Judge rules against Lewinsky testimony

`Impermissible taint' noted by Leasure in wiretapping case

May 06, 2000|By Del Quentin Wilber | Del Quentin Wilber,SUN STAFF

In what state prosecutors described as a major blow, a Howard County circuit judge ruled yesterday that they could not use crucial testimony from Monica Lewinsky, a key witness in their wire-tapping case against Linda R. Tripp.

In a decision critical of prosecutors and Lewinsky, Judge Diane O. Leasure agreed with defense lawyers that the former White House intern is "bathed in impermissible taint" and will not allow Lewinsky to testify about the illicitly taped conversation. But Leasure said she will allow Lewinsky to testify about whether she gave Tripp consent to tape her.

Though the question of Lewinsky's consent is a key element needed to secure a conviction under the Maryland wire-tapping statute, State Prosecutor Stephen Montanarelli did not seem optimistic at the ruling.

"We are proceeding as of this date," Montanarelli said. "We know we have a difficult problem to overcome. If we can't overcome it, we'll make a decision and do what we have to do."

Tripp's defense team claimed victory after the ruling was released yesterday at 2 p.m. and asked Montanarelli to drop the charges.

"We're encouraged by the ruling," said Joseph Murtha, one of Tripp's lawyers. "This hobbles the state's case."

In her 40-page decision, Leasure said that prosecutors can still proceed to trial but will have to find other evidence that Tripp and Lewinsky had the conversation that the Columbia resident taped on Dec. 22, 1997. Lewinsky testified at a December hearing that the conversation was "etched in her mind."

Losing Lewinsky's testimony could prove troublesome to prosecutors. Said Montanarelli: "We're going to have to review all the evidence now. We have to [replace] Lewinsky. That's my problem. That's a big problem."

Montanarelli also said that he would have difficulty proving it was even Lewinsky's voice on the tape without her testimony. He could also have trouble proving the exact date Tripp taped Lewinsky, but legal experts said that was a minor issue that should not endanger winning a conviction at trial.

Tripp was indicted in July on two counts of violating Maryland's wiretapping statute for tape recording the Dec. 22, 1997, conversation with Lewinsky and then having her attorney disclose its contents to Newsweek magazine. The disclosure of that tape and others revealed a sexual relationship between Lewinsky and President Clinton and led to his eventual impeachment in December 1998.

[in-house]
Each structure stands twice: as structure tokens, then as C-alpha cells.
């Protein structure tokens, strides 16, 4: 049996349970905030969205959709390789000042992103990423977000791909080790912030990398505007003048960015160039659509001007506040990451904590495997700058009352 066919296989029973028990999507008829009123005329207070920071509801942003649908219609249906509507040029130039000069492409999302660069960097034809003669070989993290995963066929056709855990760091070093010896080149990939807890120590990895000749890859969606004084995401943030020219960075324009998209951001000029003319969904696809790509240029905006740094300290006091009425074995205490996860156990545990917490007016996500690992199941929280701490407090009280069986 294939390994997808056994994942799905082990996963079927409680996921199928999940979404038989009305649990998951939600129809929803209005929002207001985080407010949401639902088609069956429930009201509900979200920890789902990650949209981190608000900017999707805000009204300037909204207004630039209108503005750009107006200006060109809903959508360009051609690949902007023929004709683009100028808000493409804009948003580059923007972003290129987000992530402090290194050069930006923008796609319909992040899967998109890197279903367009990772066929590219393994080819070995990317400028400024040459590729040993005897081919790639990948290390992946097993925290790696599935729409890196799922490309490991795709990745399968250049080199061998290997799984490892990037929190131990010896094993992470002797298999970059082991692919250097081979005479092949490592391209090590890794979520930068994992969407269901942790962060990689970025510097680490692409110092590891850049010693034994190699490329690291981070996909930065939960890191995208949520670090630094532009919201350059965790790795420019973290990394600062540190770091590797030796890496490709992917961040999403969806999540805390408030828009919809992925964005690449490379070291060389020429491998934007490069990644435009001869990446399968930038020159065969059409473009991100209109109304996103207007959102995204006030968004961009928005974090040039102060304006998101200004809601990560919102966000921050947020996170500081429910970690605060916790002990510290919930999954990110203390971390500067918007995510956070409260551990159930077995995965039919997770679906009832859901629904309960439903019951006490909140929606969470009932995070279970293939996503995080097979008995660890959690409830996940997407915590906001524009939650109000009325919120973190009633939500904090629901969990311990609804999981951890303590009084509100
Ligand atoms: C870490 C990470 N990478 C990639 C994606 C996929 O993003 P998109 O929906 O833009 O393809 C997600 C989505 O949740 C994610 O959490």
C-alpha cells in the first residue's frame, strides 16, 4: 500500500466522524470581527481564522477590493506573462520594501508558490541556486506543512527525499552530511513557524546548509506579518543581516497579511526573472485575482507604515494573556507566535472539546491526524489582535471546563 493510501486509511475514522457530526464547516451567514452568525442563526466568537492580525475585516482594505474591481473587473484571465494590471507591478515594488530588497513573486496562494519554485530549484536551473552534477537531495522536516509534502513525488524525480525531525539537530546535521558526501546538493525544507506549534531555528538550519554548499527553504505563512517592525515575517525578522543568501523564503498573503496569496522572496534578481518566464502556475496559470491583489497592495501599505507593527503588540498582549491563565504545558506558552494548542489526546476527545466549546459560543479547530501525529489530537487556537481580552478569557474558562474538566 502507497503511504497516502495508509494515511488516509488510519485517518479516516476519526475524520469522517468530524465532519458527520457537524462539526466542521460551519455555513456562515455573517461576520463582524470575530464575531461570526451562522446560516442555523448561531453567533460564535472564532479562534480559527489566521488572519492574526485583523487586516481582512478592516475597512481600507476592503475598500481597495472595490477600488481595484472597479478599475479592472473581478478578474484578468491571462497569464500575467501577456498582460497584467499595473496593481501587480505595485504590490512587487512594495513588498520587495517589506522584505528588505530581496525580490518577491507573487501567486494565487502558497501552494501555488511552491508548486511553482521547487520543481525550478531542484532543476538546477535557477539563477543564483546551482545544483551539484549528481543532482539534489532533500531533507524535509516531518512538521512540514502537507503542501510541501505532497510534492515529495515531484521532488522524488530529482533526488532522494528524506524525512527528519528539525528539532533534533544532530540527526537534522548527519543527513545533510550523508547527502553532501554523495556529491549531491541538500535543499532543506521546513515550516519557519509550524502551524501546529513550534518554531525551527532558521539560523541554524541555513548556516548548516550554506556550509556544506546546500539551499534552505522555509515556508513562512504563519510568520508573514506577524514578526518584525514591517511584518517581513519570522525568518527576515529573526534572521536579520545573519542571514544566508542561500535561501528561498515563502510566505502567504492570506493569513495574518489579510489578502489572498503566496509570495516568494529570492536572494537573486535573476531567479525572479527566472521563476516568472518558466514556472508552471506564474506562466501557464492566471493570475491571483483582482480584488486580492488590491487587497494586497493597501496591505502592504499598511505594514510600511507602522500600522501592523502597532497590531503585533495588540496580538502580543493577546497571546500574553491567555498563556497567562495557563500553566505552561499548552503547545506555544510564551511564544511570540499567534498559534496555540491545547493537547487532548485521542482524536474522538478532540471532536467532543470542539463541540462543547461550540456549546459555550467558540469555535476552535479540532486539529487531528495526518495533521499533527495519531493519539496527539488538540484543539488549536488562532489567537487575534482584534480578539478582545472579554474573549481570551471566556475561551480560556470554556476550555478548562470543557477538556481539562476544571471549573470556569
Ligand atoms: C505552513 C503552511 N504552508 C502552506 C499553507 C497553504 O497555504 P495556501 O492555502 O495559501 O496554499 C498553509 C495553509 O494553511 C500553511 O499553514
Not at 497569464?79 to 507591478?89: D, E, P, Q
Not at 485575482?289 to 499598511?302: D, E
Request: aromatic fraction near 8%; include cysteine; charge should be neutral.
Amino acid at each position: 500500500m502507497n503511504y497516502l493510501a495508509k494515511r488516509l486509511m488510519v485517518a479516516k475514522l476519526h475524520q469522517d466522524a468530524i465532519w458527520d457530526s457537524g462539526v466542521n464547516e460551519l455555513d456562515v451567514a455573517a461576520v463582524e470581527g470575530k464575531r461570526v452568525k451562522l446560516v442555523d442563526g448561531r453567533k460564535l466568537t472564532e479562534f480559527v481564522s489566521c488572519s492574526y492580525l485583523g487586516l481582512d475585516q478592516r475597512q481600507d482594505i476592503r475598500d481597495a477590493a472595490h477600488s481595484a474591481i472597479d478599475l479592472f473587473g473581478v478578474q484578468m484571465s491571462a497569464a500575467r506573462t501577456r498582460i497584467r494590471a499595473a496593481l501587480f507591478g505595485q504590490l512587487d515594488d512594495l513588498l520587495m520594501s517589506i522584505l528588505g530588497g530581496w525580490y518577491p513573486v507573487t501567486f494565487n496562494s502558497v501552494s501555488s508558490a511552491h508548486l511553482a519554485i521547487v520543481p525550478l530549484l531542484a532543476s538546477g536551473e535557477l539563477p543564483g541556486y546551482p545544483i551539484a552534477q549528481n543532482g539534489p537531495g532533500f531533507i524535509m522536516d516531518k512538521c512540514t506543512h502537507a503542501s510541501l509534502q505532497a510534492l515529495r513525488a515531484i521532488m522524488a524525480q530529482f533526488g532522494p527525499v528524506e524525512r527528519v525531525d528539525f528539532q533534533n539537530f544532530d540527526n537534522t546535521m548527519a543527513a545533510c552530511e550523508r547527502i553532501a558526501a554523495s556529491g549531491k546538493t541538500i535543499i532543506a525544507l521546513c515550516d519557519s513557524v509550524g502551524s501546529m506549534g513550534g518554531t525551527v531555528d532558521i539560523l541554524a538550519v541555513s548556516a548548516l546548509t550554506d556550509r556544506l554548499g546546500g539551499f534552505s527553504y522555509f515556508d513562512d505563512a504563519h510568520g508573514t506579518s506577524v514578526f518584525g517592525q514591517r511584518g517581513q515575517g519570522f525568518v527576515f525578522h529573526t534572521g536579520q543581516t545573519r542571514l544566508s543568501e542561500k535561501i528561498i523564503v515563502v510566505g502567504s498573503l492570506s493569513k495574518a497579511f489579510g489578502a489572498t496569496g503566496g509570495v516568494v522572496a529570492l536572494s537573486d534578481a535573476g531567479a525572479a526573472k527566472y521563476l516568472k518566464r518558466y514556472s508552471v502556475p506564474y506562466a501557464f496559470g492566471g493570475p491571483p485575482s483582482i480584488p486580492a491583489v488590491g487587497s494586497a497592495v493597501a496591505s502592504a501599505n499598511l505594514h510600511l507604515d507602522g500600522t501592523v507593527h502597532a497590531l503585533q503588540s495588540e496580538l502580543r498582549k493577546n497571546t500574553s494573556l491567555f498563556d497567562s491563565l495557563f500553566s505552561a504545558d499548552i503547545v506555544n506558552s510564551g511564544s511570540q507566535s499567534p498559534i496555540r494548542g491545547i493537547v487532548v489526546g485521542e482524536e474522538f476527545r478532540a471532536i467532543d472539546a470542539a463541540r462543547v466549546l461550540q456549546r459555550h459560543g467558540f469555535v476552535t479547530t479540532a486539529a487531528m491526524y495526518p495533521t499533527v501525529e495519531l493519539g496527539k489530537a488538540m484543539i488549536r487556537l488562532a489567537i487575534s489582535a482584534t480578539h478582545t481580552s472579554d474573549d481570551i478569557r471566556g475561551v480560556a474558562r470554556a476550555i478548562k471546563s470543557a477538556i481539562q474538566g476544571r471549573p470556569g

It is illegal in Maryland to tape record someone without consent. If convicted on both counts, Tripp could be sentenced to 10 years in prison and fined $20,000. Tripp is the only major figure from the Clinton-Lewinsky scandal to be indicted on criminal charges.

Tripp was granted federal immunity in exchange for testimony about Lewinsky's relationship with Clinton. And state prosecutors were prohibited from using any information Tripp told those federal authorities under her immunity deal or any information derived from what she told them.

Credibility in doubt

In a series of hearings, state prosecutors tried to prove that their evidence came from independent sources. They succeeded in proving that point to Leasure on most of their evidence, but the judge ruled that Lewinsky and another witness were tainted. She also criticized Lewinsky's credibility as a witness and ability to recall the date of the tape recording.

In a December hearing, Lewinsky said she knew precisely when Tripp taped the conversation that later appeared in a February 1998 Newsweek story. But Leasure said that the facts "do not support her assertion."

The judge wrote that Lewinsky never mentioned the Newsweek story in her book, "which is extremely detailed in its discussions of major events in her life."

Lewinsky also never mentioned the Dec. 22, 1997, taping during extensive interviews with the FBI, Leasure said, and needed to listen to the tape again in Starr's office to recall a portion of that conversation.

"The Court finds Ms. Lewinsky to be so tainted by her exposure to Ms. Tripp's immunized testimony that any independent knowledge of the events she may have cannot overcome" the state's burden, Leasure wrote.

The judge also took issue with the former White House intern's truthfulness: "The fact that Ms. Lewinsky admitted that she lied under oath in a federal proceeding and has stated that lying has been a part of her life does not enhance her credibility as a witness."

Plato Cacheris, Lewinsky's lawyer, defended his client yesterday, saying that she was truthful. "She has always been found to be credible by the independent counsel's office," Cacheris said. "We would rest on that."

Another witness tainted

Leasure also ruled that another witness was tainted. Kate Friedrich, one of Tripp's friends, testified that Tripp told her that she was taping Lewinsky.

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